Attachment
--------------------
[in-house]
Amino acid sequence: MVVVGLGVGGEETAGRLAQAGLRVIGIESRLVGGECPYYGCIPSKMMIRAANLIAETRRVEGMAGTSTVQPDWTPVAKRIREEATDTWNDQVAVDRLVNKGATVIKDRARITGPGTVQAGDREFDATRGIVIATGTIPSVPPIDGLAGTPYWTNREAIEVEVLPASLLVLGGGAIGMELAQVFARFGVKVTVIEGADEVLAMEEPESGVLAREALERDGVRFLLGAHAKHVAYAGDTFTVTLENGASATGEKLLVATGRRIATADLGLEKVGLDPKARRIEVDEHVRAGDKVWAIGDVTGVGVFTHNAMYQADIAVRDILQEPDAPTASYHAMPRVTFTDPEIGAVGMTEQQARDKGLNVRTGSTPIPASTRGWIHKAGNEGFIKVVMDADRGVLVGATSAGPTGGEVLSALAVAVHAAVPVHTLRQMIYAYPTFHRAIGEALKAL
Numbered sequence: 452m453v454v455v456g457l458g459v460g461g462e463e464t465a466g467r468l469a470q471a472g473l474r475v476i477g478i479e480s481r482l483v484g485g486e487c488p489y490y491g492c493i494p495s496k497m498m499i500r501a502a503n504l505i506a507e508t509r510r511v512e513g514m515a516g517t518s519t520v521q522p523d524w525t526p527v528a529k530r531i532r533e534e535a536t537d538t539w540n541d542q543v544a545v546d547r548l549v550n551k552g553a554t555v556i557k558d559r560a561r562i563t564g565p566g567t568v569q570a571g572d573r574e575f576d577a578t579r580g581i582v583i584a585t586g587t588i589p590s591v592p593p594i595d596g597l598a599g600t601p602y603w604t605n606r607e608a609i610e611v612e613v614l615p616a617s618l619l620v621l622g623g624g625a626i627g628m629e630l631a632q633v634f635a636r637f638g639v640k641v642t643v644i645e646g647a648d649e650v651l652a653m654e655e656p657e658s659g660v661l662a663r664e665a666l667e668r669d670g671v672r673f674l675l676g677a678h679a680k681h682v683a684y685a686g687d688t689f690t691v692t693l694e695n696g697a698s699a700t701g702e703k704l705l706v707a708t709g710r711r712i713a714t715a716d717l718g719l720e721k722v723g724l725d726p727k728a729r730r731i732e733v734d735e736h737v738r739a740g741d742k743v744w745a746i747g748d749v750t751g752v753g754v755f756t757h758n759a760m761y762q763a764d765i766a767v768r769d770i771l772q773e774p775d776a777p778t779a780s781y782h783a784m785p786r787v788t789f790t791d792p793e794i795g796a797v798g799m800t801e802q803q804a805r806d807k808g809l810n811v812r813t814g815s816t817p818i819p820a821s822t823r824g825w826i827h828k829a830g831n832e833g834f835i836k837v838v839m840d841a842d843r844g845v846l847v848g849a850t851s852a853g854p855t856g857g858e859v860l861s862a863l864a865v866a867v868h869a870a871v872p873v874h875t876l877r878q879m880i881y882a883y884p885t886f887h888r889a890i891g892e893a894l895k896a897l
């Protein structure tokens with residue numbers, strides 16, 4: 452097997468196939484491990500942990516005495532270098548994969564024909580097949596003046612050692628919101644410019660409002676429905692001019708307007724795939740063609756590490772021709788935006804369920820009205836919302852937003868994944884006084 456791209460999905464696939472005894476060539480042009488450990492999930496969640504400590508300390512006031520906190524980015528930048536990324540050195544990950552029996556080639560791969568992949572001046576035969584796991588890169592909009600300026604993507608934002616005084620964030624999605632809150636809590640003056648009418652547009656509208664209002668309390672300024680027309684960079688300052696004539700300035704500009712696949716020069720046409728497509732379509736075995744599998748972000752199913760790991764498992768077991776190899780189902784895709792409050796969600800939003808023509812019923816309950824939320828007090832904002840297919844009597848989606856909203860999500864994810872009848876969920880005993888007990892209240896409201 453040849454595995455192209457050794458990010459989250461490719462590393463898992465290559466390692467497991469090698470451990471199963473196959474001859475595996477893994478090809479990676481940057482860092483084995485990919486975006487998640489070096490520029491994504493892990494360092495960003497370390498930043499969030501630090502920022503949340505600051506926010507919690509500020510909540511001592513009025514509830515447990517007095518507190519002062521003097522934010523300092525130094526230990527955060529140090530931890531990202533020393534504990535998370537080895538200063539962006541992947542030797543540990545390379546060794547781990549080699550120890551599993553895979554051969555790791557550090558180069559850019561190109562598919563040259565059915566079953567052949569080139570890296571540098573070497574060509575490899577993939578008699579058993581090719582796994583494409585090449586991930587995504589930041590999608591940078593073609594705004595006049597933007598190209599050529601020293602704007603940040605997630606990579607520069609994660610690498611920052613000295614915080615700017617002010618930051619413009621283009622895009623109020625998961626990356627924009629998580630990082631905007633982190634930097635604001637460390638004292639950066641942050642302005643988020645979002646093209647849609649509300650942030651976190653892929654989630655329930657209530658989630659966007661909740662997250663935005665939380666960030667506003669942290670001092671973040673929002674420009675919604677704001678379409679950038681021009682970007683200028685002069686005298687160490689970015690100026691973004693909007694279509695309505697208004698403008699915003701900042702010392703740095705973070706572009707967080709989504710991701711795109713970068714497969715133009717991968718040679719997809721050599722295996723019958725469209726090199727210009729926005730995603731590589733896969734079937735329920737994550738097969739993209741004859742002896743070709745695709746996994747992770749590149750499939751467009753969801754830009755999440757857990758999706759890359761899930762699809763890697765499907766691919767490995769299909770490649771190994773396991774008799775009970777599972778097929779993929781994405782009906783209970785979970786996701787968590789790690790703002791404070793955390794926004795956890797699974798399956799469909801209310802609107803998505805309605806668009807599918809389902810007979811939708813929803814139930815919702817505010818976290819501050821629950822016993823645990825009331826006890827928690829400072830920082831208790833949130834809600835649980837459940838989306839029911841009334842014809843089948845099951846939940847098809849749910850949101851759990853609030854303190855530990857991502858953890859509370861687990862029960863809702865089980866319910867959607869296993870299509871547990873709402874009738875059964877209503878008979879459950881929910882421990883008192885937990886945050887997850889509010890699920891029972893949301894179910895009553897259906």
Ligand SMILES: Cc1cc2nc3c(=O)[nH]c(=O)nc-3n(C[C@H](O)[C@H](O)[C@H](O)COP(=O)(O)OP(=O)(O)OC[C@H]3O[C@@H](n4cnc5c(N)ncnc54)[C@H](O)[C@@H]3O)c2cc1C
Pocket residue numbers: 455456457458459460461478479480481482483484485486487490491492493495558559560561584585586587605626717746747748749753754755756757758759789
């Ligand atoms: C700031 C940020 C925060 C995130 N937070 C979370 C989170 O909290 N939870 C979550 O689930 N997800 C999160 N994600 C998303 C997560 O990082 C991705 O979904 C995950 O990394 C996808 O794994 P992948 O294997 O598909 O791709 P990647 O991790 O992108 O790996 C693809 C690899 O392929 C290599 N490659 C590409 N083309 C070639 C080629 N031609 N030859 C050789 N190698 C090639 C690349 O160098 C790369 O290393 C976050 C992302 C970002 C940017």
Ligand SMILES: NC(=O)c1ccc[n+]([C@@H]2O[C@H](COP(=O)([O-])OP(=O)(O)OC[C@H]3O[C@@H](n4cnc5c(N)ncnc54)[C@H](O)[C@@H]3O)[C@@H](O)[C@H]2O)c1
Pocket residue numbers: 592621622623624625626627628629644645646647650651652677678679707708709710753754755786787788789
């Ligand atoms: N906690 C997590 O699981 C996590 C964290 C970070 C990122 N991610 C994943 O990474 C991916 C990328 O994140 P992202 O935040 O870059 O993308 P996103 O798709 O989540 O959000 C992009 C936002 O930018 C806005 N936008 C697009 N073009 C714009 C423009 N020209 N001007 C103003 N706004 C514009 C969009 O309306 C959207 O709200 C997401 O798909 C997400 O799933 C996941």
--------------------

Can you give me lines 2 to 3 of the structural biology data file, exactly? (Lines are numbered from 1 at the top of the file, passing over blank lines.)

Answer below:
Amino acid sequence: MVVVGLGVGGEETAGRLAQAGLRVIGIESRLVGGECPYYGCIPSKMMIRAANLIAETRRVEGMAGTSTVQPDWTPVAKRIREEATDTWNDQVAVDRLVNKGATVIKDRARITGPGTVQAGDREFDATRGIVIATGTIPSVPPIDGLAGTPYWTNREAIEVEVLPASLLVLGGGAIGMELAQVFARFGVKVTVIEGADEVLAMEEPESGVLAREALERDGVRFLLGAHAKHVAYAGDTFTVTLENGASATGEKLLVATGRRIATADLGLEKVGLDPKARRIEVDEHVRAGDKVWAIGDVTGVGVFTHNAMYQADIAVRDILQEPDAPTASYHAMPRVTFTDPEIGAVGMTEQQARDKGLNVRTGSTPIPASTRGWIHKAGNEGFIKVVMDADRGVLVGATSAGPTGGEVLSALAVAVHAAVPVHTLRQMIYAYPTFHRAIGEALKAL
Numbered sequence: 452m453v454v455v456g457l458g459v460g461g462e463e464t465a466g467r468l469a470q471a472g473l474r475v476i477g478i479e480s481r482l483v484g485g486e487c488p489y490y491g492c493i494p495s496k497m498m499i500r501a502a503n504l505i506a507e508t509r510r511v512e513g514m515a516g517t518s519t520v521q522p523d524w525t526p527v528a529k530r531i532r533e534e535a536t537d538t539w540n541d542q543v544a545v546d547r548l549v550n551k552g553a554t555v556i557k558d559r560a561r562i563t564g565p566g567t568v569q570a571g572d573r574e575f576d577a578t579r580g581i582v583i584a585t586g587t588i589p590s591v592p593p594i595d596g597l598a599g600t601p602y603w604t605n606r607e608a609i610e611v612e613v614l615p616a617s618l619l620v621l622g623g624g625a626i627g628m629e630l631a632q633v634f635a636r637f638g639v640k641v642t643v644i645e646g647a648d649e650v651l652a653m654e655e656p657e658s659g660v661l662a663r664e665a666l667e668r669d670g671v672r673f674l675l676g677a678h679a680k681h682v683a684y685a686g687d688t689f690t691v692t693l694e695n696g697a698s699a700t701g702e703k704l705l706v707a708t709g710r711r712i713a714t715a716d717l718g719l720e721k722v723g724l725d726p727k728a729r730r731i732e733v734d735e736h737v738r739a740g741d742k743v744w745a746i747g748d749v750t751g752v753g754v755f756t757h758n759a760m761y762q763a764d765i766a767v768r769d770i771l772q773e774p775d776a777p778t779a780s781y782h783a784m785p786r787v788t789f790t791d792p793e794i795g796a797v798g799m800t801e802q803q804a805r806d807k808g809l810n811v812r813t814g815s816t817p818i819p820a821s822t823r824g825w826i827h828k829a830g831n832e833g834f835i836k837v838v839m840d841a842d843r844g845v846l847v848g849a850t851s852a853g854p855t856g857g858e859v860l861s862a863l864a865v866a867v868h869a870a871v872p873v874h875t876l877r878q879m880i881y882a883y884p885t886f887h888r889a890i891g892e893a894l895k896a897l